It has been my greatest honor serving the people of New Mexico in the capacity as their US Representative in Congress. We were able to deliver solid results for our state – even while serving in the Minority. Our Constituent Services team closed over 2000 cases with a 98% success rate! I could not be more proud of how our team made a difference.

We know our work in Washington was not completed, and hundreds of people from all over the District and colleagues in Washington have asked me to stay in the fight…all options will be on the table – so stay tuned.

Again, thank you for your support, prayers and kindness, and thank you for believing in me the way I believed in myself!

The report from Herrell’s campaign was filed on November 22, 2022, right before the Thanksgiving holiday break.

Herrell won the election in 2020 against Democrat incumbent Rep. Xochitl Torres Small. She lost reelection to Vasquez in the November 2022 election by around a mere 1,000 votes after far-left Democrats in the state legislature gerrymandered New Mexico’s three congressional districts to favor Democrats.

The gerrymandered maps are currently in litigation and could be overturned, returning the Second District from favoring Democrats by four points to the previous map, which had the Second District favoring Republicans by 14 percentage points.


Teacher’s union chief uses tragic death of UNM student to push for gun grabs

On Saturday, 19-year-old Brandon Travis was fatally shot by a 21-year-old NMSU student-athlete at around 3 a.m., according to the Albuquerque Police Department. 

KOB 4 reports:

During the altercation, both students were shot. The 21-year-old was rushed to a hospital. At this time, we do not know his condition.

State police say Travis had conspired with a 17-year-old female and two other UNM students to lure the 21-year-old to campus and assault him.

Once on campus, Travis confronted the student and shot him. The NMSU student fired back. 

The University of New Mexico is a gun-free zone. The University’s policy states that except for small exceptions for peace officers, “no person may use or possess a weapon on any part of campus.” 

Despite no solid details available immediately after the shooting, far-left American Federation of Teachers President Randi Weingarten used the death of Travis and others in a recent Colorado shooting to push for more anti-gun bills.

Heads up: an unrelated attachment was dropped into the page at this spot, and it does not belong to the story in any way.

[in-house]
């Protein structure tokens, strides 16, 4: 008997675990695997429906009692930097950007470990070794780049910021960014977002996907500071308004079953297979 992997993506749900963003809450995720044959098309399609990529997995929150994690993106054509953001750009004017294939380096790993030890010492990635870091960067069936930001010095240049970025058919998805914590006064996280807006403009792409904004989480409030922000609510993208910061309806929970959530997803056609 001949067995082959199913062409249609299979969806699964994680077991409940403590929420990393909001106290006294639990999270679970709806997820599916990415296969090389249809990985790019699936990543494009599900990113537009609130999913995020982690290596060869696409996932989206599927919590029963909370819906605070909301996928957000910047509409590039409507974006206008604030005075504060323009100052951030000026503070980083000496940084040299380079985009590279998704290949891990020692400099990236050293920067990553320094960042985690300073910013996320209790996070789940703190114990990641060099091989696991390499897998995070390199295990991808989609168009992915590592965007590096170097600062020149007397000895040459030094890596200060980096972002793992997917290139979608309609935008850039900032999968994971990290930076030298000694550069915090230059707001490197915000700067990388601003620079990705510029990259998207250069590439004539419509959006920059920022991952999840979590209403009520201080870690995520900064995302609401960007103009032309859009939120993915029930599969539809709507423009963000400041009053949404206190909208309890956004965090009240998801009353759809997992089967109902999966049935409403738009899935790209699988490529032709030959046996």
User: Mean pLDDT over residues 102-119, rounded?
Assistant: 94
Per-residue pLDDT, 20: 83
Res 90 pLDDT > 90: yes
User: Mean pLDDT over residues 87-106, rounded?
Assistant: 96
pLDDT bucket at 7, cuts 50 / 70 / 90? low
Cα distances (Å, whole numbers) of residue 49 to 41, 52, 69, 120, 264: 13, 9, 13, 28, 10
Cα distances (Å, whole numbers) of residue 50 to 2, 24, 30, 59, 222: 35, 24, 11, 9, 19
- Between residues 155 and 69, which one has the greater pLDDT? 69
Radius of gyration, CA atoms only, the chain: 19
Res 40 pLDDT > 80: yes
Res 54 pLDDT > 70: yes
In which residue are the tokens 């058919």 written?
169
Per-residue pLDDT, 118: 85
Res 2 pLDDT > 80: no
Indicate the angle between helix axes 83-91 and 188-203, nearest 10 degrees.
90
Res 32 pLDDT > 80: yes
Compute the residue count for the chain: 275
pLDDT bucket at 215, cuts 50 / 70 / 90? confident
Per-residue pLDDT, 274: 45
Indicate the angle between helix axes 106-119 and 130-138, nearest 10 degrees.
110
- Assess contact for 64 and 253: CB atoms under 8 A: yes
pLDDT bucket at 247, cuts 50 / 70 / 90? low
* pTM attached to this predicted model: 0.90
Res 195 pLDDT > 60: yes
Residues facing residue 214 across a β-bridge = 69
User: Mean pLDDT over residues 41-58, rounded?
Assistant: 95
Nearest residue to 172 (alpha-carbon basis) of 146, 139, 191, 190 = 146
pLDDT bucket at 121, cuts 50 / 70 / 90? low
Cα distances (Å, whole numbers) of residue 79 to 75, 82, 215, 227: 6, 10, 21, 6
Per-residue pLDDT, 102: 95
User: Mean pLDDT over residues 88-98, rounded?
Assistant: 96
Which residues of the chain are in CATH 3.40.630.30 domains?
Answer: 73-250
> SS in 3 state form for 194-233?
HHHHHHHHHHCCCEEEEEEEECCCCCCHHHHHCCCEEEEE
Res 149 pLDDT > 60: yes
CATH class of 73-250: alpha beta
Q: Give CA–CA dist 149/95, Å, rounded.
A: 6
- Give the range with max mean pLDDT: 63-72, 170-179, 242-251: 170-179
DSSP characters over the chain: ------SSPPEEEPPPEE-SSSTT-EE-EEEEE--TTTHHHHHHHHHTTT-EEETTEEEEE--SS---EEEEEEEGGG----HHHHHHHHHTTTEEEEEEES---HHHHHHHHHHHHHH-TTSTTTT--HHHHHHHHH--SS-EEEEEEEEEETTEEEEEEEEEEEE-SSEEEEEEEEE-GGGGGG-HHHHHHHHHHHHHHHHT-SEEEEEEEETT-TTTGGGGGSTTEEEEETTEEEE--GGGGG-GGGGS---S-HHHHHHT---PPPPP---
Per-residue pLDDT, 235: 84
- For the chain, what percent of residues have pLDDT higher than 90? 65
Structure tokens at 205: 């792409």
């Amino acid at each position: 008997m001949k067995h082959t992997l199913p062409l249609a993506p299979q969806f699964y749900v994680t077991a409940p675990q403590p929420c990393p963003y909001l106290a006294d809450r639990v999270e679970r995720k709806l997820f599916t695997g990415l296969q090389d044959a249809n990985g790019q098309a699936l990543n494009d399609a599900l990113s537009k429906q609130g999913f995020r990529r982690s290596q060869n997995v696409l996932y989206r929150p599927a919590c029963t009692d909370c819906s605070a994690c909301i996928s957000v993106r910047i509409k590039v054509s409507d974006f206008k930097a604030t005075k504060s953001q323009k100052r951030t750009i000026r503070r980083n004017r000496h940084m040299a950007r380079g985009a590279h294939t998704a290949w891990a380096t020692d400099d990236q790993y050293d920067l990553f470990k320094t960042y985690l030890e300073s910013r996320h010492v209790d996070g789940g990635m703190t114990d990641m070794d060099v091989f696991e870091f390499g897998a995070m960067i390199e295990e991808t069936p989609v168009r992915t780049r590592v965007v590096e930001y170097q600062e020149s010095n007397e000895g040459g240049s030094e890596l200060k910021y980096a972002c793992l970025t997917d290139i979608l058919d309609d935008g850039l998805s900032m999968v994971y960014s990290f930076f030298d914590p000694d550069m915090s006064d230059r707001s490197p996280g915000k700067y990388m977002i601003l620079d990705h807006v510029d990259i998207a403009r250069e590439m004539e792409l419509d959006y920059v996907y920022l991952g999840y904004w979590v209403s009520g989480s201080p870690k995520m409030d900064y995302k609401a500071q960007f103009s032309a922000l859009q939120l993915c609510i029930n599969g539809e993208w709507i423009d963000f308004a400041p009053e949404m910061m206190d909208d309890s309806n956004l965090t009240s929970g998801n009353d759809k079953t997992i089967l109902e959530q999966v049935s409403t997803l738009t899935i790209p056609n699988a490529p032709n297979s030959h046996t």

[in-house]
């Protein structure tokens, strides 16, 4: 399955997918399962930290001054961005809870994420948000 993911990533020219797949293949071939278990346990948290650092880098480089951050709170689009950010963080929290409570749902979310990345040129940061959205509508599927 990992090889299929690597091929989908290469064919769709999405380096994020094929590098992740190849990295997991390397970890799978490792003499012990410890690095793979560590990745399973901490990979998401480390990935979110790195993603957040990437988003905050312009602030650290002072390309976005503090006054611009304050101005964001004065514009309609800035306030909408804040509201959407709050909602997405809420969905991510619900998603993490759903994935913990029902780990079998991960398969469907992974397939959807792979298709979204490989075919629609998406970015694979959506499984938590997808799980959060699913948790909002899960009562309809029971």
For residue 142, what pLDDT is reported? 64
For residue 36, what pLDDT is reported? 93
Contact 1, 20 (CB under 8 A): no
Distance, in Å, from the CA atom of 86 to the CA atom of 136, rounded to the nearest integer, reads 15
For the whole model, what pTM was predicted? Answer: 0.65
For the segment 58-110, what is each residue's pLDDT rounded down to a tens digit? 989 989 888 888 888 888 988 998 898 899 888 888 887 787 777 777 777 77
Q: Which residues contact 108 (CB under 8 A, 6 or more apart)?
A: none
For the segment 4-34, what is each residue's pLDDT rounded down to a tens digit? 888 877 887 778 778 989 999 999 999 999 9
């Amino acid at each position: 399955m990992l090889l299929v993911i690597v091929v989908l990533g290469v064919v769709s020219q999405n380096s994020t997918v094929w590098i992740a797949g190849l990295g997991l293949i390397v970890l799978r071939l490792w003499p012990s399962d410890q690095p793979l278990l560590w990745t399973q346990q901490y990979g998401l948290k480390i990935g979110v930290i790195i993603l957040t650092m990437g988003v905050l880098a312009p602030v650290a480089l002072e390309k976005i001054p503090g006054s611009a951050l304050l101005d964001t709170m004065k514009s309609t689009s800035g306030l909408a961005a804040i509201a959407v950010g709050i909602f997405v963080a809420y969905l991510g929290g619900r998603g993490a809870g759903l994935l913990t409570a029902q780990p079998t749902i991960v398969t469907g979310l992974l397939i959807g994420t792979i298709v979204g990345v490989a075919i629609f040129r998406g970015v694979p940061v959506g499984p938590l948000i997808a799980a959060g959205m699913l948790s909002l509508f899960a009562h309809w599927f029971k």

“Hatred and guns are a toxic combination. We must get weapons of war out of our communities and off our streets, and protect our most vulnerable so they can feel safe and live free from the never-ending threat of gun violence,” she wrote in a statement.

“And while these two shootings are the ones we’ve heard about, on any given day in this country, more than 100 lives are lost to gun violence. This madness must stop, and we must commit to expanding and building on the commonsense gun safety reforms of the Bipartisan Safer Communities Act that a majority of Americans—including gun owners—support, including a ban on high-capacity magazines and military-grade assault rifles.”

She then went on to erroneously claim if more unconstitutional anti-gun laws are passed, more lives will be saved. 

She said, “And while these two shootings are the ones we’ve heard about, on any given day in this country, more than 100 lives are lost to gun violence. This madness must stop, and we must commit to expanding and building on the commonsense gun safety reforms of the Bipartisan Safer Communities Act that a majority of Americans—including gun owners—support, including a ban on high-capacity magazines and military-grade assault rifles.”

Nationally, Democrats in the U.S. House of Representatives are unlikely to get their anti-gun bills across the finish line with a divided Congress as the GOP takes back control in January. In New Mexico’s state legislature, Democrats have already pledged to fund radical anti-gun bills, including one to make people felons if they do not lock up their guns and others to expand “Red Flag” gun grabs.

In shocking move, NM House GOP elects all new leadership